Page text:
KOOKABURRA CRICKET BALLS
Kookaburra Cricket Balls have been manufactured by Kookaburra for over 125 years, and the brand is firmly entrenched as the NUMBER 1 cricket ball brand worldwide.
Kookaburra Balls were first used at an international level when the Australian Board of Control International Cricket (now Cricket Australia) selected the Kookaburra Turf Ball to be used by Don Bradman’s Australian Test team when they played England in the 1946/47 Ashes Test Series.
Made of the finest raw materials combining the traditions of cricket ball making techniques with modern precision the Kookaburra (Red) Turf Ball has been manufactured to the requirements of cricket authorities worldwide, and used by Cricket Australia since 1946.
Today, the Kookaburra Turf Ball is used in the majority of Test Matches, all One Day Internationals and all T20 International matches around the world. In the southern hemisphere it is also used in the majority of First Class cricket competitions.
TURF CRICKET BALL
The Turf ball is at the forefront of the Kookaburra cricket ball range.
The centre of the Turf ball is made of cork, with five layers of natural cork and worsted yarn built onto the cork nucleus and finished with a generous layer of worsted winding. The cover of the cricket ball is cut from selected alum tanned steer hide into four sections.
Kookaburra’s five layered cork and worsted yarn centre, makes the Kookaburra Turf Ball unique to almost all other cricket balls around the world. Most other competitive cricket balls are made with a single moulded centre. Kookaburra believes that the traditional five layered quilt cricket ball helps control the consistency and performance of the ball by controlling its hardness and by ensuring that the cricket balls bounce will be even and consistent over the duration of the cricket match.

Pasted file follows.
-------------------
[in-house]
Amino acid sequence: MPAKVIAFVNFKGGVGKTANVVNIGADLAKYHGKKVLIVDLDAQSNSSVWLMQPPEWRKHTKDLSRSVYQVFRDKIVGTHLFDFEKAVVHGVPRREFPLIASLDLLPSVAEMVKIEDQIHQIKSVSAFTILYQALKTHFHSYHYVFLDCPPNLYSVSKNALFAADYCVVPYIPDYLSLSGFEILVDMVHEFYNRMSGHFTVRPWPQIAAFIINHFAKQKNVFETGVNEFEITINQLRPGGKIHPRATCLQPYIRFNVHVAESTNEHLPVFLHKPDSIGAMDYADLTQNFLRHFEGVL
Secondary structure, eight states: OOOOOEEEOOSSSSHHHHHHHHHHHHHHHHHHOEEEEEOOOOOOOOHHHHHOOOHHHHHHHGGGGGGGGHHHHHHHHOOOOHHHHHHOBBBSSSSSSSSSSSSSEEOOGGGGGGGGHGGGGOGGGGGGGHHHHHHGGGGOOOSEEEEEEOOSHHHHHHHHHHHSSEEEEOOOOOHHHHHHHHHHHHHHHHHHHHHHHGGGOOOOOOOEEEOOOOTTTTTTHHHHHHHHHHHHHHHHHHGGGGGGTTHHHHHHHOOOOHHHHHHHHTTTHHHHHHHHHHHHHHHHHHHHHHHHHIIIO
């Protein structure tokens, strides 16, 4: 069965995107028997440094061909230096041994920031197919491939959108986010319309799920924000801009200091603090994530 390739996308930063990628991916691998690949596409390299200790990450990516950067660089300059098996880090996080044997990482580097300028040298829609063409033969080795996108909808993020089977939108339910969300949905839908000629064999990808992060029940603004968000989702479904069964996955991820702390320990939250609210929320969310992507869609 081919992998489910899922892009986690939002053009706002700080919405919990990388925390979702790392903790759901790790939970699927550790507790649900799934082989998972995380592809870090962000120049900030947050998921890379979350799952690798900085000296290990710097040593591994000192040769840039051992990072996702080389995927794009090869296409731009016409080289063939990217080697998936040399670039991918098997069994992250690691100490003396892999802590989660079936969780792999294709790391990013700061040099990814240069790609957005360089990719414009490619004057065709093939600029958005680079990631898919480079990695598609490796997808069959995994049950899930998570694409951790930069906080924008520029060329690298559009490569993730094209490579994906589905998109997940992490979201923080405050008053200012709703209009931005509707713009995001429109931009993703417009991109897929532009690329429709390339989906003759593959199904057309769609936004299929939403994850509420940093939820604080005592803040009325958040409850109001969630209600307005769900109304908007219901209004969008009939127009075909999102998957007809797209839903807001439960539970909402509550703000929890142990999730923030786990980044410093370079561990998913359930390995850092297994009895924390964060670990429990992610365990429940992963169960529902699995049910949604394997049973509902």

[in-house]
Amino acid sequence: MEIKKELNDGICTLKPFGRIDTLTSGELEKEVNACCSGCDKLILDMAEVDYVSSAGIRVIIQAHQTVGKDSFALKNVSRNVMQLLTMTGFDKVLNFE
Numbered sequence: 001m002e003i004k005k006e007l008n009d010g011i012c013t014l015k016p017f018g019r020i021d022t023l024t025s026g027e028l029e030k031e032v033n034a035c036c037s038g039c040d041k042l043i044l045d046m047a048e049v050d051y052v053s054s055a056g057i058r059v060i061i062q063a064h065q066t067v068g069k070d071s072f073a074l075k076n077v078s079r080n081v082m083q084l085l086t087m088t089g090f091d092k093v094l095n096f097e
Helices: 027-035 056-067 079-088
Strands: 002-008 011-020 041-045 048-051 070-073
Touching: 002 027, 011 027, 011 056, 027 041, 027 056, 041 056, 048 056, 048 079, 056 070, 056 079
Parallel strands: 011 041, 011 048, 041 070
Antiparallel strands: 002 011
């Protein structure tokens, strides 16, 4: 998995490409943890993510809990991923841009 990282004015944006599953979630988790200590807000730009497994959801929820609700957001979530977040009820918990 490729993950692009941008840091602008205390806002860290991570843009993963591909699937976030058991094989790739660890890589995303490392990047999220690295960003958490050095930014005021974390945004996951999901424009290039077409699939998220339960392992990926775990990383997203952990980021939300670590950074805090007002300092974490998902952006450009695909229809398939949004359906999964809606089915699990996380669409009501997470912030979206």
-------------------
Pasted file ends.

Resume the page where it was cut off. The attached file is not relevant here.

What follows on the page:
WHITE CRICKET BALL
In 1977 Kookaburra was asked by Kerry Packer and the Nine Network to develop a white cricket ball to use for possible one-day limited overs cricket and day-night test cricket, which they wanted to play into the evening for television purposes, known as World Series Cricket.
The instructions from Kerry Packer were simple – the white ball must play as close as possible to the red ball used in Test match cricket. The white Turf ball is made using exactly the same method as the red cricket ball, however the leather used to make the ball is natural, and is an off-white colour. To ensure the brightness and clarity of the colour does not significantly deteriorate throughout a cricket game, the leather is covered with a pigmented, pure white finish.
The biggest challenge with the white ball is the discolouring. As the white cricket ball wears and scratches, it inevitably picks up some contamination from the surface leading discolouring of the white ball throughout an innings. Since October 2012, One Day Internationals manage this by using two new white Turf balls in each innings, with a different cricket ball used at each bowling end.
PINK CRICKET BALL
Following the success of the white cricket ball and with a push for Test cricket to be played under lights, the International Cricket Council, Marylebone Cricket Club and Cricket Australia turned to Kookaburra for assistance with the creation of a pink ball to help facilitate the process.